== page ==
“She’s f..king great,” says some­one in­side the tent. “Cut.” Hood­lum En­ter­tain­ment, based a stone’s throw from the Gabba cricket ground in Bris­bane, will mark its 20th an­niver­sary next year, though the part­ner­ship be­tween May­field and Robert­son is four years older.

High­lights of their work across that pe­riod in­clude the 2012 ABC se­ries The Strange Call, Se­crets & Lies, which screened on Ten in 2014, and a US spin-off of the same name that starred Ryan Phillippe and Juli­ette Lewis. Oth­ers in­clude last year’s fea­ture film Aus­tralia Day, star­ring Bryan Brown, and crime drama Har­row star­ring Ioan Gruf­fudd, which re­cently be­gan film­ing its sec­ond sea­son.

Less well known are the com­pany’s mul­ti­plat­form cre­ations. Its in­ter­ac­tive on­line sites for the long-run­ning Bri­tish spy thriller Spooks won a BAFTA in 2008, and an Emmy the fol­low­ing year for sim­i­lar work with the cel­e­brated mys­tery drama Lost. (May­field says they’ve “al­ways thought out­side the square” and be­gan think­ing about the pos­si­bil­i­ties of tech­nol­ogy to con­quer ge­og­ra­phy well be­fore the ad­vent of stream­ing video on de­mand in the early 2000s.)

The Tide­lands project started six years ago, and the pro­duc­ers say they knew it was a script that was al­ways go­ing to suc­ceed when the cir­cum­stances were right.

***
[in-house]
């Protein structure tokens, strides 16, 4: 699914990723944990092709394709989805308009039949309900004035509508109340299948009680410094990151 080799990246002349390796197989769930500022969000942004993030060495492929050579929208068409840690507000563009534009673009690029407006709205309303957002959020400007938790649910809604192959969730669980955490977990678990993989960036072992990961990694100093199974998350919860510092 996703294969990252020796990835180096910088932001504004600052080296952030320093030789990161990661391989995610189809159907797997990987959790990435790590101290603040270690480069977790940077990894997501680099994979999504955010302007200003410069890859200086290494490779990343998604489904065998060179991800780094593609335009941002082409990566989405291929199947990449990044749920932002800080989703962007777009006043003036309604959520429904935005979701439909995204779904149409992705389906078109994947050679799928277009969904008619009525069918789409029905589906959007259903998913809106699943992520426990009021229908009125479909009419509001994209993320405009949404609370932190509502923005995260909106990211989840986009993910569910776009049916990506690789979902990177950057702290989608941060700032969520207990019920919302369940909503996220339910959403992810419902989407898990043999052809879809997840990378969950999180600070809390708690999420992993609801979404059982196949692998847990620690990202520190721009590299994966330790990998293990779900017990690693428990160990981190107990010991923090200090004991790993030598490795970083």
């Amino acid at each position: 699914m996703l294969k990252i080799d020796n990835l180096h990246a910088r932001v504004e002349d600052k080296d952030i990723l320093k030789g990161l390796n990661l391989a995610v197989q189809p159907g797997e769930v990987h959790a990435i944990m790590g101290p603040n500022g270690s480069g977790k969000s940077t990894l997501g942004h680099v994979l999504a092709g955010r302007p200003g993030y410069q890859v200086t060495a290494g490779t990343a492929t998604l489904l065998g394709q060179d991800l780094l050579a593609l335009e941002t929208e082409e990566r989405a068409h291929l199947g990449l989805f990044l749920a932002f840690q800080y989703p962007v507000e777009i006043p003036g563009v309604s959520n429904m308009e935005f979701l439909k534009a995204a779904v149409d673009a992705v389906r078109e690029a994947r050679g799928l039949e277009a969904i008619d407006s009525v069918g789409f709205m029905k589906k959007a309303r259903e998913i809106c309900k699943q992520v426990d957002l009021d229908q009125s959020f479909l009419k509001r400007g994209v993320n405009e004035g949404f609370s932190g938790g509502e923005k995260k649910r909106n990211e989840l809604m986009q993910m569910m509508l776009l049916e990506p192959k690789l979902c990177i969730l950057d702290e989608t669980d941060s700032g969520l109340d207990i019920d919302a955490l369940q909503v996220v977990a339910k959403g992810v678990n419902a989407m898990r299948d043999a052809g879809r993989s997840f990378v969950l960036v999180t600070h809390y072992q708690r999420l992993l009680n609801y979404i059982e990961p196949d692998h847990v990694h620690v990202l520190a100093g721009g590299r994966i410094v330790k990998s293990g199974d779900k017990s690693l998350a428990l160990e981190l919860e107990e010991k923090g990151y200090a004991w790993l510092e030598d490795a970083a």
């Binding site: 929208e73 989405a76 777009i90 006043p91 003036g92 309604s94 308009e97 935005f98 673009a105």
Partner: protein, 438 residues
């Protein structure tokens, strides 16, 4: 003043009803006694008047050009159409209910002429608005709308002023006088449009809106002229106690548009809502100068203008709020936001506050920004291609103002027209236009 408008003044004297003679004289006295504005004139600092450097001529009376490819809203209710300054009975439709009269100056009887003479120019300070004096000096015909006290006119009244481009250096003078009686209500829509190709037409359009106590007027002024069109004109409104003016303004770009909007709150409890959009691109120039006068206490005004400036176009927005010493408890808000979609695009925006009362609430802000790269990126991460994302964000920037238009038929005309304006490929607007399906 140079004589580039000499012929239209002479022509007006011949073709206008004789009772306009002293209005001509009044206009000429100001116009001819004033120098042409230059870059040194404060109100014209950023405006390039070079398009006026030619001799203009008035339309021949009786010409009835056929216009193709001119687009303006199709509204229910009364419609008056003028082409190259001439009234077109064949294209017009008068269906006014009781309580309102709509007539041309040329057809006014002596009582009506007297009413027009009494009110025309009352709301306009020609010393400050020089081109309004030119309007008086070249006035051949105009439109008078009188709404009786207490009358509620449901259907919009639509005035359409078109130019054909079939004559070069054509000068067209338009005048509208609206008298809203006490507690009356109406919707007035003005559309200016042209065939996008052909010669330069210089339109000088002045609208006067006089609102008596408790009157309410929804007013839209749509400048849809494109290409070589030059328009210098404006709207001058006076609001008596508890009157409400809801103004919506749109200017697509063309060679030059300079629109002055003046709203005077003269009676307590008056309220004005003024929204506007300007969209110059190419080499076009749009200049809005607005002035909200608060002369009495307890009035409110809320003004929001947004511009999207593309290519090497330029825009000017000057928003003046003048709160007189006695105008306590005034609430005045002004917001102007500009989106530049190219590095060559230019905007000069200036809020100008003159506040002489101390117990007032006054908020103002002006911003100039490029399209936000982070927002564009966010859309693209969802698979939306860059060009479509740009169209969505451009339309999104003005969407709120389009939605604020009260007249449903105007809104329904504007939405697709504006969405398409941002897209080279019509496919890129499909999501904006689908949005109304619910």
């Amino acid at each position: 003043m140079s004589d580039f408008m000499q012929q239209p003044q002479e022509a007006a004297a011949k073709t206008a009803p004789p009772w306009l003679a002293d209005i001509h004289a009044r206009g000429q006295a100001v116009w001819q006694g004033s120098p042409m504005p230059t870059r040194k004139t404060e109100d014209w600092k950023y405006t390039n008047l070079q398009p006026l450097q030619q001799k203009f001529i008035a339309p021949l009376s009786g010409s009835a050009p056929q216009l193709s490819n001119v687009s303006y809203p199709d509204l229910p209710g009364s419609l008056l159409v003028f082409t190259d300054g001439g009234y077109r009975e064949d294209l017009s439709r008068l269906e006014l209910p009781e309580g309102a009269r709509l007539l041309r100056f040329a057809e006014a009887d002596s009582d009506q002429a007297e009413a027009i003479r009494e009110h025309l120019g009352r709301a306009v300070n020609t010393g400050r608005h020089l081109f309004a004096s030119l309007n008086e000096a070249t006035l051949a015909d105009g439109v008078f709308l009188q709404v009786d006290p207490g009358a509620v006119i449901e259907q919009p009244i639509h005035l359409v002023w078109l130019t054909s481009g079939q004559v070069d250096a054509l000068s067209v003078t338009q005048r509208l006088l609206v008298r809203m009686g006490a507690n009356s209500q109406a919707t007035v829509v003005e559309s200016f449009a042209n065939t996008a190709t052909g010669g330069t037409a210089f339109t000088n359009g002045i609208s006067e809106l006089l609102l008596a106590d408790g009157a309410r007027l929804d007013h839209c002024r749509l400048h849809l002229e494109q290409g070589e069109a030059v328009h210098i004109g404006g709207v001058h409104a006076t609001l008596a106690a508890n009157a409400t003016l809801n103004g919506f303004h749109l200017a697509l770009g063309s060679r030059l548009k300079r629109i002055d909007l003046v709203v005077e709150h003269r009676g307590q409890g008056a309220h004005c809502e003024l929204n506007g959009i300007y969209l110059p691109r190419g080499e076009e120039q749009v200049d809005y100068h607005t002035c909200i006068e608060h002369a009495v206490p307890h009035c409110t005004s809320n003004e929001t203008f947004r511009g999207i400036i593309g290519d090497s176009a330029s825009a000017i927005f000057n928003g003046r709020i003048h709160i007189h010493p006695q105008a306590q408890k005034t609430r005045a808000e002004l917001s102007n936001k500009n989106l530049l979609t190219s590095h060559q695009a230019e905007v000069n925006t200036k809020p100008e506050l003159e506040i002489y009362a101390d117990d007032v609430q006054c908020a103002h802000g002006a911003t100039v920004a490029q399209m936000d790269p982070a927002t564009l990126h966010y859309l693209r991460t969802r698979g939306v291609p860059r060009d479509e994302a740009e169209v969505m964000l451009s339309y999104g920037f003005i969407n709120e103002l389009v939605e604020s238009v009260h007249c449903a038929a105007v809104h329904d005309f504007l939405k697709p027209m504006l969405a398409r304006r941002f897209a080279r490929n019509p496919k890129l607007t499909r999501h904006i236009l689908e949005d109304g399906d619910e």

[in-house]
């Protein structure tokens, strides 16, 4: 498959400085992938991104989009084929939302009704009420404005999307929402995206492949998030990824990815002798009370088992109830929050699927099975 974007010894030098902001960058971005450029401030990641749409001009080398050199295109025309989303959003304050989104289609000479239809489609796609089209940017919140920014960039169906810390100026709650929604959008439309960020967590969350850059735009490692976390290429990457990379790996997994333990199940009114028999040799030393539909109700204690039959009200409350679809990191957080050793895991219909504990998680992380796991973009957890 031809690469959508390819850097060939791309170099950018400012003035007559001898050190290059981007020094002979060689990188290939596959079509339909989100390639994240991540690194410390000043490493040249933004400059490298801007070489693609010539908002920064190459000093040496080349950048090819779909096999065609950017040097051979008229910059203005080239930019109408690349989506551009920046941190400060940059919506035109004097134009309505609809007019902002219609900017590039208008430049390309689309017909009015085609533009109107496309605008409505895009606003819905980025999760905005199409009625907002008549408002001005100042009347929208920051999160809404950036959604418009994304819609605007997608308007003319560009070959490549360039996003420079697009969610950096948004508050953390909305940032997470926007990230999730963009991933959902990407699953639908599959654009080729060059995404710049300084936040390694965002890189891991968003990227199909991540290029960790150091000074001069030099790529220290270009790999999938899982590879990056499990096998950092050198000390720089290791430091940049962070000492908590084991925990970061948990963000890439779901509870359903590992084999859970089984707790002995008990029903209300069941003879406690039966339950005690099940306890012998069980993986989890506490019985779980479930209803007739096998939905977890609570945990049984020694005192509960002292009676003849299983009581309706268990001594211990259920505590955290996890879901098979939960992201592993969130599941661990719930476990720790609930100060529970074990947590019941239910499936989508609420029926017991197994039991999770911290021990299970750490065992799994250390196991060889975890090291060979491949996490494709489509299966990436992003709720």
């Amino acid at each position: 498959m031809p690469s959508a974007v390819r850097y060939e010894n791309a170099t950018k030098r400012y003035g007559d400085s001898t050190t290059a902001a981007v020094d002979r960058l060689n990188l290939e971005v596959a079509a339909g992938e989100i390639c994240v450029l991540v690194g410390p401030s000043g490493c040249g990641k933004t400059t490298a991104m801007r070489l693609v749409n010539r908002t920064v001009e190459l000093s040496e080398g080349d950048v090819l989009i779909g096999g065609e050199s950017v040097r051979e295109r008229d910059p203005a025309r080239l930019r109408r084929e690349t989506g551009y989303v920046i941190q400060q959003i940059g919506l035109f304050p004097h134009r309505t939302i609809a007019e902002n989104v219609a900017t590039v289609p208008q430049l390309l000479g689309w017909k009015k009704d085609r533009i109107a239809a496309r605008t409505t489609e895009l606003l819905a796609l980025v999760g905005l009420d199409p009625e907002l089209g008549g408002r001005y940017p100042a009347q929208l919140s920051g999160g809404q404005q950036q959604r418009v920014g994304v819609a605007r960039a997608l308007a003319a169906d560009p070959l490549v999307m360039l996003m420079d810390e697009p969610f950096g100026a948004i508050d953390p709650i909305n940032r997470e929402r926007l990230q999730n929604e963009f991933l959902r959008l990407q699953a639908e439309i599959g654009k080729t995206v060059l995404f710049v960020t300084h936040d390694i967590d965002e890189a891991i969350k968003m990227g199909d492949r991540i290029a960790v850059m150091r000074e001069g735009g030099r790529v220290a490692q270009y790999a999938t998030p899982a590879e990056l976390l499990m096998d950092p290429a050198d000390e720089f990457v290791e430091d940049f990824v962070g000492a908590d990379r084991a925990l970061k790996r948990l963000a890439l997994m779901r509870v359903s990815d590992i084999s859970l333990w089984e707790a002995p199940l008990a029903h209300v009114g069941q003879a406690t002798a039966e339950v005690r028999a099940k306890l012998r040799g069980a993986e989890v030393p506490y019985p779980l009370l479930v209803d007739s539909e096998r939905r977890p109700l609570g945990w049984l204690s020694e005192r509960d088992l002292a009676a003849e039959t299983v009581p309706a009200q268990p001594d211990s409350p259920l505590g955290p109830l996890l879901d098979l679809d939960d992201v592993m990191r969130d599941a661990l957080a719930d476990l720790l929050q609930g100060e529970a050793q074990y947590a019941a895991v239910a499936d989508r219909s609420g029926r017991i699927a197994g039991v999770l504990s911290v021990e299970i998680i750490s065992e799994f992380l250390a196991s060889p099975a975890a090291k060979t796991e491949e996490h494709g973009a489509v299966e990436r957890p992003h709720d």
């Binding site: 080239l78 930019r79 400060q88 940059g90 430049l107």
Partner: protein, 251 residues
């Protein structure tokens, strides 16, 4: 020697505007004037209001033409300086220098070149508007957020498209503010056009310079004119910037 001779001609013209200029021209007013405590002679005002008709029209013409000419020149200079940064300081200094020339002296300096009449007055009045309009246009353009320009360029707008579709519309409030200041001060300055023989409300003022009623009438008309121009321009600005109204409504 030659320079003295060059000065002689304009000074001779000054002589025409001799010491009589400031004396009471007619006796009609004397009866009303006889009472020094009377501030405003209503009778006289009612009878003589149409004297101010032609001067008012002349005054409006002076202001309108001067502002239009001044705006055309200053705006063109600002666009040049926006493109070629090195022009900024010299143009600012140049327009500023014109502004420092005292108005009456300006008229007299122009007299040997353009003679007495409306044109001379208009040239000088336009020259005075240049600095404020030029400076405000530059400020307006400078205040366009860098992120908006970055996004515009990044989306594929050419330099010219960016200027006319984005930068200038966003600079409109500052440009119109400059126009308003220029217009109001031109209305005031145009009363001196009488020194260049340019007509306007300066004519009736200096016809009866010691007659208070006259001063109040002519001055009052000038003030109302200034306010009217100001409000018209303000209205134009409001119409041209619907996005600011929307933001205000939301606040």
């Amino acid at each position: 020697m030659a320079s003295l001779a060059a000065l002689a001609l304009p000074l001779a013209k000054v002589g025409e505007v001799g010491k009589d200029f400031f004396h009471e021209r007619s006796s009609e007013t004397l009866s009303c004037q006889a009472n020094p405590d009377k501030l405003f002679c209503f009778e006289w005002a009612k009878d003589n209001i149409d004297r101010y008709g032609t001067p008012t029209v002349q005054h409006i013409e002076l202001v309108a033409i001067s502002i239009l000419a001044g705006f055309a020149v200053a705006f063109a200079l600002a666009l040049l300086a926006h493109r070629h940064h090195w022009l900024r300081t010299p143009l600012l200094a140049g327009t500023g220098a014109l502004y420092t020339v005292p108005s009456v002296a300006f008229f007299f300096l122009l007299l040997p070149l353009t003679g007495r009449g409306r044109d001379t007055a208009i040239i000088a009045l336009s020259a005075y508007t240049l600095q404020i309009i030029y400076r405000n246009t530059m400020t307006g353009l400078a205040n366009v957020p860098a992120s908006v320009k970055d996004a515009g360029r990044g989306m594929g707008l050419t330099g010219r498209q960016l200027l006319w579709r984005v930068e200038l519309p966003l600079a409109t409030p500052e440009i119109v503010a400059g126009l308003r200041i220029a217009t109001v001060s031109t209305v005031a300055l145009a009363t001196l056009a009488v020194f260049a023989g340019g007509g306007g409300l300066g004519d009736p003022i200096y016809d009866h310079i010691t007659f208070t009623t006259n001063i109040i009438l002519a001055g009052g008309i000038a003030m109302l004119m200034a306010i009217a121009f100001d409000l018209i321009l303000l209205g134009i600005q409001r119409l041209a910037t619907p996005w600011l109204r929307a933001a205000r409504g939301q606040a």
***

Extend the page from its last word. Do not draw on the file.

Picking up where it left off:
“When we were do­ing Se­crets & Lies, we de­vel­oped such a beau­ti­ful re­la­tion­ship with Stephen M. Ir­win and Leigh McGrath, and we knew Stephen’s writ­ing DNA tended to­wards genre and the su­per­nat­u­ral,” says May­field.

“Very early on in Tide­lands’ devel­op­ment, the M-word (mer­maids) was trans­formed into the no­tion of sirens and all that mythol­ogy, and it hasn’t re­ally changed that first strong first draft of episode one.”

Along­side Pataky, the cast also in­cludes Aus­tralian ac­tors Char­lotte Best, Aaron Jakubenko ( Spar­ta­cus), Madeleine Mad­den ( Pine Gap, Pic­nic at Hang­ing Rock) and vet­eran Pe­ter O’Brien among oth­ers. The story re­volves around Cal McTeer (Best), a young woman who re­turns home to the fic­tional fish­ing vil­lage of Or­phe­lin Bay af­ter a decade in jail. The town is blighted by the drug trade and fea­tures a set­tle­ment of “hip­pies” called Tide­landers who are in fact half-hu­man, half-siren.

“We never thought of it as be­ing a lo­cal show; we are ob­vi­ously por­tray­ing the ge­og­ra­phy and norms of Aus­tralian cul­ture, but that’s as far as it went,” says May­field who, like Robert­son, has a home on North Strad­broke Is­land. “I don’t think we took it to the tra­di­tional Aus­tralian net­works sim­ply be­cause of the am­bi­tion of the script; there is no way you would see a genre piece like this on Aus­tralian TV. We needed a part­ner who un­der­stood genre sto­ry­telling.”

It may sur­prise some to learn that Net­flix’s famed al­go­rithms did not pick May­field, Robert­son or Tide­lands from a dataset, ac­cord­ing to Kelly Lue­gen­biehl, the com­pany’s vice-pres­i­dent of in­ter­na­tional orig­i­nals. Speak­ing to Re­view from Am­s­ter­dam, she says she had worked with them at Amer­i­can net­work ABC and the

Elsa Pataky in Tide­lands; Mat­tias In­wood and Char­lotte Best, be­low